Woman Sues Rite Aid, Pharmacist Over Prescription Mix-UpOct 29, 2005 | AP
Her Prescription For Bladder Medication Was Accidentally Filled With A Narcotic Painkiller.
A 51-year-old woman has sued Rite Aid Corp. and one of its pharmacists, saying she got sick and addicted when her prescription for bladder medication was accidentally filled with a narcotic painkiller.
Gwen Taylor, a Kirkland real estate agent, said she missed about six weeks of work because she was nauseous, sweating, shaking, overtired and some days lacking the motivation to get dressed.
The single mom said she never thought it was the medicine making her ill; she thought it resulted from being depressed and overwhelmed. She had recently moved, one of her three teenagers had just gone to the emergency room with a bad case of bronchitis and there was just a lot going on, she said.
"I just thought I was sick," she said Friday. "I was under a lot of stress. I never imagined anything like that was possible, so it never crossed my mind."
Taylor went to a Rite Aid pharmacy in Kirkland on May 17 to fill a prescription for oxybutynin to treat an overactive bladder. The pharmacist, identified in a King County Superior Court complaint filed Thursday as Amy Tong, gave her a bottle labeled "oxycodone 5 mg," with instructions to take one pill three to four times daily, Taylor said.
The oxybutynin was supposed to be taken as needed.
Taylor Said She Had Never Heard Of Oxycodone.
Taylor said she had never heard of oxycodone, knew her medication which she had never taken before was called "oxy-something," and assumed it was the correct drug. And actually, since one side effect of the narcotic is reduced urination, it worked, she said.
Taylor said she's extremely sensitive to painkillers, and can only remember taking prescription painkillers twice in her life — once in the early '90s, and once in February 2004.
Taylor said she didn't always take the oxycodone as directed because of her sickness. Sometimes, she said, she wound up driving her children and their friends around while high: though the bottle correctly identified the contents as oxycodone, it carried no warnings about driving or operating machinery.
Taylor said she realized it was the medicine making her sick only when she went into a different Rite Aid for a refill on June 14. A pharmacist there noticed she had been taking the wrong medicine. Taylor's nurse practitioner prescribed her a weaning course of oxycodone for the next few weeks to help with withdrawal; even the lesser dosage made her too sick to work.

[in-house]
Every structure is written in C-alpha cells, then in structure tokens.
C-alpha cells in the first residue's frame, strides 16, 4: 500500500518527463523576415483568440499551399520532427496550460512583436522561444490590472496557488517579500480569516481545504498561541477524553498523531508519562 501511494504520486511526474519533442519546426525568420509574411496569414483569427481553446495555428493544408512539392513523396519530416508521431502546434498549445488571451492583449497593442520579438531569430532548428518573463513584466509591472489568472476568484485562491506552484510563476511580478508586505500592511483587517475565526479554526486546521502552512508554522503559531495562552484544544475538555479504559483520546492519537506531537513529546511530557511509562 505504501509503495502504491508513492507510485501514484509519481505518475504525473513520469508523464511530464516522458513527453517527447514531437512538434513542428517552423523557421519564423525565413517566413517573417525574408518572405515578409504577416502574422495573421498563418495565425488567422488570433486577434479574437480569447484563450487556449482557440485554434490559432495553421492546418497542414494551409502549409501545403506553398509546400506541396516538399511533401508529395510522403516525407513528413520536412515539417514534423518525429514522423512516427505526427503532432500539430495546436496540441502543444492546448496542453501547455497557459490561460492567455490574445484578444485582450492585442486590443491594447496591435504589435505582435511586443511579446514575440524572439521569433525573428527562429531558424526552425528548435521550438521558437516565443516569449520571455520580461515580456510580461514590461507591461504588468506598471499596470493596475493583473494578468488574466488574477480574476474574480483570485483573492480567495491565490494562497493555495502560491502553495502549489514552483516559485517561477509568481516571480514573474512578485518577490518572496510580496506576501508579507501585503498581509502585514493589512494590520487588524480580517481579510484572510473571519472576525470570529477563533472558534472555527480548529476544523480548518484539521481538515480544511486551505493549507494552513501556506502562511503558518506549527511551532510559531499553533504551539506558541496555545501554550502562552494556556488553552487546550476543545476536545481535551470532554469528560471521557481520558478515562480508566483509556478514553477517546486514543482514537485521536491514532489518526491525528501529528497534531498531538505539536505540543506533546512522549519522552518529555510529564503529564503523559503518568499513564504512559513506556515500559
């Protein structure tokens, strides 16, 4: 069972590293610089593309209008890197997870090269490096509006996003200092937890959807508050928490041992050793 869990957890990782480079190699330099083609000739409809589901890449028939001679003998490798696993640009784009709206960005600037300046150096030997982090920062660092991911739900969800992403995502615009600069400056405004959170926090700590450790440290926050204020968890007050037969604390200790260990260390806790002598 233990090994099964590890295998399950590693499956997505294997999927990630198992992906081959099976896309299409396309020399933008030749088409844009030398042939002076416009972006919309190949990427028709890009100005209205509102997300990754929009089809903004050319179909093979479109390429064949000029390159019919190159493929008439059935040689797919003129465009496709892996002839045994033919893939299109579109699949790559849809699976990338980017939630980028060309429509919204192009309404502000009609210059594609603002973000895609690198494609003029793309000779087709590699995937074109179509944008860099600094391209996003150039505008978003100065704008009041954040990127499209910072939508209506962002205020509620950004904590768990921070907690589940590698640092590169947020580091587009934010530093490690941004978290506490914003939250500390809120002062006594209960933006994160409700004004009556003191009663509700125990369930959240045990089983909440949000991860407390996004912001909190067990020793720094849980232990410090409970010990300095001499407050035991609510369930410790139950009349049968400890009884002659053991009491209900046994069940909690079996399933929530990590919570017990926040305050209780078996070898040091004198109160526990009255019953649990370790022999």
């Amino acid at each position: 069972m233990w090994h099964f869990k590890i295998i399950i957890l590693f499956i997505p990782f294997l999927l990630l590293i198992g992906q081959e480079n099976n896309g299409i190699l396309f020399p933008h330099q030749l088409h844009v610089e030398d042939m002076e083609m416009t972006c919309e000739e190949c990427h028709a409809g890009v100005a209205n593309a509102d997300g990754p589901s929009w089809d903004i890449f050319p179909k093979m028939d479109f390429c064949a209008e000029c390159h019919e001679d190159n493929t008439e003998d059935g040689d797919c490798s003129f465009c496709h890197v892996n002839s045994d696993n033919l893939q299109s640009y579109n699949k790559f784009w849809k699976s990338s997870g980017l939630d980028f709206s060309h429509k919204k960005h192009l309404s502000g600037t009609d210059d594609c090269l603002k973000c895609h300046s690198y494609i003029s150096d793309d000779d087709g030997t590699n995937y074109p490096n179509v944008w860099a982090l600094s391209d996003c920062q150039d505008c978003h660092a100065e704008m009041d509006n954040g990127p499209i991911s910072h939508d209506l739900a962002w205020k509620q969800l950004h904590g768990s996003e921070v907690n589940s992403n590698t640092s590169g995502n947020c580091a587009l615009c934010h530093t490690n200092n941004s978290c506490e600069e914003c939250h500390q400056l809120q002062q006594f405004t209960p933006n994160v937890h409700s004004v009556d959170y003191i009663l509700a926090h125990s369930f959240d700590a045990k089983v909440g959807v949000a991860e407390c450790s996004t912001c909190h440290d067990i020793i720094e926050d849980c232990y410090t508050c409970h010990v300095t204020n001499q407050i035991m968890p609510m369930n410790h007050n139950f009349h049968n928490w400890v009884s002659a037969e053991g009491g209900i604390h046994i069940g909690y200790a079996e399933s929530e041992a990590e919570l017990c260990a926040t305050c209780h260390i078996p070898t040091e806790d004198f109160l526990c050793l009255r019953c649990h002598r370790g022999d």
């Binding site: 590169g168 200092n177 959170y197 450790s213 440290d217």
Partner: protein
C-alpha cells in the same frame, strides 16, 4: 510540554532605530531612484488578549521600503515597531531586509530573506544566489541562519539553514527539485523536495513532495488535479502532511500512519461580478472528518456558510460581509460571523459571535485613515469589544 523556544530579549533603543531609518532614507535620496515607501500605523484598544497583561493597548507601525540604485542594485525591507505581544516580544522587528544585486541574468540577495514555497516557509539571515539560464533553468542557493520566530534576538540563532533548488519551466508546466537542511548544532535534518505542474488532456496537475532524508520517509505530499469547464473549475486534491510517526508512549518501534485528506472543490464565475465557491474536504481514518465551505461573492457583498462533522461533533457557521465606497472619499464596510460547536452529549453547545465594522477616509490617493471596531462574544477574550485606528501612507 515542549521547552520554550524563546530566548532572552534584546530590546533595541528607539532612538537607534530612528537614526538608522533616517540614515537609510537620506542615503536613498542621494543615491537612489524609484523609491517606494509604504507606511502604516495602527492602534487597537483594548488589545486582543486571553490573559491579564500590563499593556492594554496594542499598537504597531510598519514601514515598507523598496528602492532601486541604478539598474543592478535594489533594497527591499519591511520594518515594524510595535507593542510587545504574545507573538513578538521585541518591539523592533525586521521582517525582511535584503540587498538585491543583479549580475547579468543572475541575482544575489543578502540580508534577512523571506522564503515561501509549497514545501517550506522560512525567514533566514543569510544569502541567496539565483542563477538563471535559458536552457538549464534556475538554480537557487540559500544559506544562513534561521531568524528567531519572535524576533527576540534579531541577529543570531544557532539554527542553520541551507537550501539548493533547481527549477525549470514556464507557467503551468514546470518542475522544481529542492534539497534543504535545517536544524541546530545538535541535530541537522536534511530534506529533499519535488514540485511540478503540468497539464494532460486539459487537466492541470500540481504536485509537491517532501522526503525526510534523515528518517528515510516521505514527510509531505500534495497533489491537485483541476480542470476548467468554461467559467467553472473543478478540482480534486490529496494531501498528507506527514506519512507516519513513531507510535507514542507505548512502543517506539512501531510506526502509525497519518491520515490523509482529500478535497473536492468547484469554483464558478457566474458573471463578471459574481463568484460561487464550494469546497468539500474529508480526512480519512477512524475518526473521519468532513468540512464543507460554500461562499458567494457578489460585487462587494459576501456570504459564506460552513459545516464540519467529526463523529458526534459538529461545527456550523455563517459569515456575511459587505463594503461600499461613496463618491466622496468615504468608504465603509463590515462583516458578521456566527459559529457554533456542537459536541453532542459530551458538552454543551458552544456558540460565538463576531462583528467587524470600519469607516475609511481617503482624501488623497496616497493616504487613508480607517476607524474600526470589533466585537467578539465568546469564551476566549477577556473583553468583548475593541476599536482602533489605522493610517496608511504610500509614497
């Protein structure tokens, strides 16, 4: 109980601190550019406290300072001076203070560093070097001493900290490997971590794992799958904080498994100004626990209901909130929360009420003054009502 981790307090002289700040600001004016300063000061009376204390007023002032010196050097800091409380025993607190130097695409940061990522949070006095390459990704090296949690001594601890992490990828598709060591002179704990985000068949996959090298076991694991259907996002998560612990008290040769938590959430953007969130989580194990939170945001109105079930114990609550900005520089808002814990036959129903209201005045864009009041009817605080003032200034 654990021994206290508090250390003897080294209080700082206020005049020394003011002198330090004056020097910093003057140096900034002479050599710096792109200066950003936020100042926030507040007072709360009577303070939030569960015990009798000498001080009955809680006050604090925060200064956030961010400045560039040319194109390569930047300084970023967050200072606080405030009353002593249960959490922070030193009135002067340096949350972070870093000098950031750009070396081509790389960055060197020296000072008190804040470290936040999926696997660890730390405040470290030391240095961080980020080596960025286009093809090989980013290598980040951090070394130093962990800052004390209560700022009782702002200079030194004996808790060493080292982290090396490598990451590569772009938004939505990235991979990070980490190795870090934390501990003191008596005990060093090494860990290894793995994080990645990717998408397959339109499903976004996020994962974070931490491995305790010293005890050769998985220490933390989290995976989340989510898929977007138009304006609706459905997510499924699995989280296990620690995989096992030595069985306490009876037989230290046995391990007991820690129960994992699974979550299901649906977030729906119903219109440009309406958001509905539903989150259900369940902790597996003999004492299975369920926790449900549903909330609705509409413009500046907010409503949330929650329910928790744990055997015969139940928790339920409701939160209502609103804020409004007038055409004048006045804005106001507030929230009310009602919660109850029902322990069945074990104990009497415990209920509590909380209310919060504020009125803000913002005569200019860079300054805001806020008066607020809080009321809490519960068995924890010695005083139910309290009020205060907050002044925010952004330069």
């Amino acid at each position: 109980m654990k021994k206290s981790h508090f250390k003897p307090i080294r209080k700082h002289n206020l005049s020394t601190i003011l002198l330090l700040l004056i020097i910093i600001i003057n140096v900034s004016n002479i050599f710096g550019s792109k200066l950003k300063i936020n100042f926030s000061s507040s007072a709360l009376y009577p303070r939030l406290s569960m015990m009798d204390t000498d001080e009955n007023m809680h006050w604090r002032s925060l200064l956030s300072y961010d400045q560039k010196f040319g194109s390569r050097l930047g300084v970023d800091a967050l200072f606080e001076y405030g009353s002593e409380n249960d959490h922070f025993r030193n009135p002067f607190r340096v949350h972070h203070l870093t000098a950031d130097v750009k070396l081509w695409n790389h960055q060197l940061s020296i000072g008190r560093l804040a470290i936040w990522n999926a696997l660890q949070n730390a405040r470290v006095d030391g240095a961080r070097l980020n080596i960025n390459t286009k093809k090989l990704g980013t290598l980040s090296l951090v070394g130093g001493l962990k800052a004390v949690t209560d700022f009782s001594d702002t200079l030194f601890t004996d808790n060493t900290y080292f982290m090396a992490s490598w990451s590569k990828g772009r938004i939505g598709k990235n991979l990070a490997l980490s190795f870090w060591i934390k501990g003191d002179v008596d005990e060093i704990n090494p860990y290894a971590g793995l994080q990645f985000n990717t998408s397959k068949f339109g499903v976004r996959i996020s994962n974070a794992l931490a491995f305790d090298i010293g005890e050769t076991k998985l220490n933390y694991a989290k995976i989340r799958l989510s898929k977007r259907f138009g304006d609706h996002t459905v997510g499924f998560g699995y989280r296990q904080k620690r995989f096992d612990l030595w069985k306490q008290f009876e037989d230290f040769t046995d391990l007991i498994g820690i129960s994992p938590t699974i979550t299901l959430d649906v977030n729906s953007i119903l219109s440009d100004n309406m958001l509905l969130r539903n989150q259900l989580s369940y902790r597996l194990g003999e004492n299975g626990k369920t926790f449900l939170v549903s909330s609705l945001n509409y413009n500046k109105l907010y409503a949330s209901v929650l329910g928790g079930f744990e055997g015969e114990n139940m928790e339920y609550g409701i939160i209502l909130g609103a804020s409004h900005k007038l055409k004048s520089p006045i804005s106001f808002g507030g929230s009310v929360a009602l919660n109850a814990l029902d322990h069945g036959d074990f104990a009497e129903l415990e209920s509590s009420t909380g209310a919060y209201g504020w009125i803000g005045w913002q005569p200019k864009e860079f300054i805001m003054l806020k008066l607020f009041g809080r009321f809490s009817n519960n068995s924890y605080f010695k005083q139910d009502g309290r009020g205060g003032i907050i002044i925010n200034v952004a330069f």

A pharmacist who answered the phone at the Kirkland Rite Aid directed calls to a corporate spokeswoman for Harrisburg, Pa.-based Rite Aid, who said only: "We have not yet seen the lawsuit. However, the press release is inaccurate and a misrepresentation of the facts."
Tong, the pharmacist named in the complaint, did not have a published telephone number and could not immediately be reached for comment.
Steven Saxe, executive director of the state Board of Pharmacy, said no one has ever lodged a complaint against Tong, who is about 30 years old and has been licensed as a pharmacist in Washington since June 2000.
In the past year, the state has received 135 complaints related to improper dispensing of medicine, Saxe said. That includes mislabeling, dispensing without a prescription, dispensing the wrong drug and similar allegations.
The Taylor complaint, which alleged that Rite Aid was negligent in failing to supervise Tong, seeks unspecified damages.
Taylor's lawyer, noted that a shareholder lawsuit filed against Rite Aid in recent years accused the company of understaffing its pharmacies, raising the risk of mistakes.
The Board of Pharmacy does not track complaints by pharmacy, but a computer system upgrade is in the works that would allow it to do so, Saxe said.
Prescription errors "can range from things as simple as legibility of the prescription to simple human error," Saxe said. "There are so many drugs that sound alike and look alike. We try to encourage people to quit using abbreviations, to not use trailing zeros so a 1.0 is not mistaken for a 10, and we tell them to write the purpose of the medication down on the prescription."
Need Legal Help Regarding Prescription Errors